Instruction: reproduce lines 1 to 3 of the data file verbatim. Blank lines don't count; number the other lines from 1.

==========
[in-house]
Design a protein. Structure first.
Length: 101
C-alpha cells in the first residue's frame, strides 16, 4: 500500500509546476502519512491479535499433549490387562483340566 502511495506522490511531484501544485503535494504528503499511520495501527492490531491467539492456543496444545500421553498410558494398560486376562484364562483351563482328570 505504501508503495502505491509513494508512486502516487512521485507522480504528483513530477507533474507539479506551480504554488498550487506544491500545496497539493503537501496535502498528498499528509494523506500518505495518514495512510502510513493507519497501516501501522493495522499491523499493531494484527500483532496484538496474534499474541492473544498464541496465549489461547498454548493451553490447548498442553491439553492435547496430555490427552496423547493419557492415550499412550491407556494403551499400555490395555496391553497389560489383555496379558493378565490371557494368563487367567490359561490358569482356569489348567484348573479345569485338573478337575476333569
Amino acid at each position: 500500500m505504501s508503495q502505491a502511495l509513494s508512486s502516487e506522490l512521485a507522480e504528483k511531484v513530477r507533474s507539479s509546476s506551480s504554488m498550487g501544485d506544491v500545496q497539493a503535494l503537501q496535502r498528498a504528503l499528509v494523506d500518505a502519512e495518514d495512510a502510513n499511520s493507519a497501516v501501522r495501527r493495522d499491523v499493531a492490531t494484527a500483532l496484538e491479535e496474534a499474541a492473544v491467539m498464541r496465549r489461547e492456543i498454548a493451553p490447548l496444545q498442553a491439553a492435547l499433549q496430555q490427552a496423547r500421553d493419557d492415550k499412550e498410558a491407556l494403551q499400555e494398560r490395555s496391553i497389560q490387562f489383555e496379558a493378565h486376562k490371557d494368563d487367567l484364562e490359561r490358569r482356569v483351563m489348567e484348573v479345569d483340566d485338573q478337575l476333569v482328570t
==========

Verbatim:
[in-house]
Design a protein. Structure first.
Length: 101